"The Sound of Music" Trivia Sheet

Stift Nonnberg Abbey: Where Fräulein Maria has never been a novice.

"The Sound of Music" is considered to be the second-most successful movie of all times behind "Gone with the Wind", but on contrast to the latter one, "TSoM" was taken in Salzburg and allowed those Salzburgians with a business-mindset to grow a major industry on the soil of the musical.

There is a lot of silly stuff told about "The Sound of Music" and since it got a somewhat legendary status in the history of Hollywood, plenty of funny little facts and stories are around. Tour guides in Salzburg might add their own interpretation of them. Here is a short outline of "The Sound of Music" trivia that we found interesting:

6 Little Facts about "The Sound of Music"

1.) The song "I have confidence" was written by Rodgers as a "bridge" for the gap between Maria′s departure from the convent and her arrival at the Trapp Villa. There is one scene whilst Maria is singing in which she passes an archway. This is where you can see the real Maria, one of her daughters and one of her granddaughters starting to cross the road. The Trapps had arrived that day on the set and the director Wise offered them this walk-on role.

2.) In one scene, Julie Andrews tripped during filming. The editors decided to leave the scene in the movie, because it seemed to fit the character of Maria very well as it was.

3.) Many people all over the World believe that "Edelweiss" is an Austrian folk song or even the national anthem. In fact, it was written by Oscar Hammerstein and is hardly known in Austria. This is not the only cultural confusion that one can find in "The Sound of Music" being a critical Austrian.

The Salzburg Festival, in "real life" one of the World′s best classical music, drama and opera festivals, is portrayed to be a non-professional′s folk music competition. The "Ländler" dance that Maria and Kapitän von Trapp perform in the movie actually exists, but is done completely different in Austria.

4.) Maria was never a nun. She wasn′t a novice either. In fact, she was more or less an "internee" in the most basic level of monastic admission, just evaluating whether or not the life as a nun would be suitable for her. Maria′s foster parents raised her actually as socialist without much religious affiliation. Later on, Maria became increasingly religious whilst she studied to become a teacher.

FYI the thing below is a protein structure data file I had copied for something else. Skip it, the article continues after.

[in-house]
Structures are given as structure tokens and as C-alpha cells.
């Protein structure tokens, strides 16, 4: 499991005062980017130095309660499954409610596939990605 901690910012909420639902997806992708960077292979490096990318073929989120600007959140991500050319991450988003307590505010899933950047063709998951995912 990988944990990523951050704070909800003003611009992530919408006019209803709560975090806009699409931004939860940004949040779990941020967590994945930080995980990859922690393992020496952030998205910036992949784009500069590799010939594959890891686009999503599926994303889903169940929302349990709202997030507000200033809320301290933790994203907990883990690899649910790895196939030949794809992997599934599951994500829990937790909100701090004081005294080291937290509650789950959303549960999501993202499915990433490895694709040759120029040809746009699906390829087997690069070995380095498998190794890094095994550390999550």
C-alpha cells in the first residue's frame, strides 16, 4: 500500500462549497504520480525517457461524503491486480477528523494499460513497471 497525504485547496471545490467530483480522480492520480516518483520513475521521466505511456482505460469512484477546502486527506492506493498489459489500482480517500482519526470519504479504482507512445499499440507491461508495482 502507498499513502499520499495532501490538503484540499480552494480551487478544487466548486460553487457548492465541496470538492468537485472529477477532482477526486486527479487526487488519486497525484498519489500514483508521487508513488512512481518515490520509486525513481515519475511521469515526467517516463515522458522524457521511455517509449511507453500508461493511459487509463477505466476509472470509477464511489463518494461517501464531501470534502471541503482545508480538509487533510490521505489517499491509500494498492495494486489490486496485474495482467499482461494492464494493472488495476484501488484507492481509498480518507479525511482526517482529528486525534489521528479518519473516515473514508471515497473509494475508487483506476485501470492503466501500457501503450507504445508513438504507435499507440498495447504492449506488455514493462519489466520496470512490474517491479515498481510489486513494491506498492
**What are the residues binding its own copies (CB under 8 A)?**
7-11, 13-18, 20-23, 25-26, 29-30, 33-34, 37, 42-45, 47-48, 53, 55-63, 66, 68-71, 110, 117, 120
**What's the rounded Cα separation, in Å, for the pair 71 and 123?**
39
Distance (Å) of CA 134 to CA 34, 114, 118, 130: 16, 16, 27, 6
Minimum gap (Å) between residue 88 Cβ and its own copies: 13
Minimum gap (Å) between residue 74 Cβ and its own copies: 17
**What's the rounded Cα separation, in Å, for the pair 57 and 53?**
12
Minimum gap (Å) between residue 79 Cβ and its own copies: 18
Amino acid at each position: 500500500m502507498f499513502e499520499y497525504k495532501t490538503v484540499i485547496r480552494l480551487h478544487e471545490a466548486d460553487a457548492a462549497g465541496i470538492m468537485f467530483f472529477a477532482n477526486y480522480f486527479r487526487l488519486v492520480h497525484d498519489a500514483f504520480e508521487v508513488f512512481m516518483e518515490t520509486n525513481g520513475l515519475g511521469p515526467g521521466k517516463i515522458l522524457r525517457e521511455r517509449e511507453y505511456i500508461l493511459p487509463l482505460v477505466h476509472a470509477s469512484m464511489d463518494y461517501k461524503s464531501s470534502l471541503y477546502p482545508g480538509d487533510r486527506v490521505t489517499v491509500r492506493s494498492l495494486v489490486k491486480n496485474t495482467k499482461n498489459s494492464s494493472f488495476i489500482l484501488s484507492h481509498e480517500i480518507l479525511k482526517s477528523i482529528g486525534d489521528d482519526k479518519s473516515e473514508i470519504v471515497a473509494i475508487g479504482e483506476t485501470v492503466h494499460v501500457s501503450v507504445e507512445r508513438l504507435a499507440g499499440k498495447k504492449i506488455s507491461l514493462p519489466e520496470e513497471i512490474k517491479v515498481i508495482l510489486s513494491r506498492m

5.) Apparently it is true that Georg von Trapp had trained his children to respond to specific pitches when he blew a whistle. However, he did not call Maria in as a governess, but as a teacher for his second-oldest daughter. She was ill and had to be home-schooled. Her name was also Maria, but changed for the movie-role to avoid confusion. To make things worse: Liesl is - at least in real life - a man named Rupert ("I am masculine, going on feminine…").

6.) The Trapp family did indeed have to flee from the Nazis. However, they had stayed in Salzburg together for quite a while, Maria and Captain von Trapp had got married in 1927, Austria was incorporated into Nazi Germany in 1938. When they left Austria, they pretended to attend a hiking trip and took a train to Italy. In the movie, they hike to Switzerland, excellently played by Untersberg Mountain, which is actually about 300 kilometres away from Salzburg.


Review of "The Sound of Music" - opens in new window

Another Review of the Movie - opens in new window

Wikipedia on The Sound of Music


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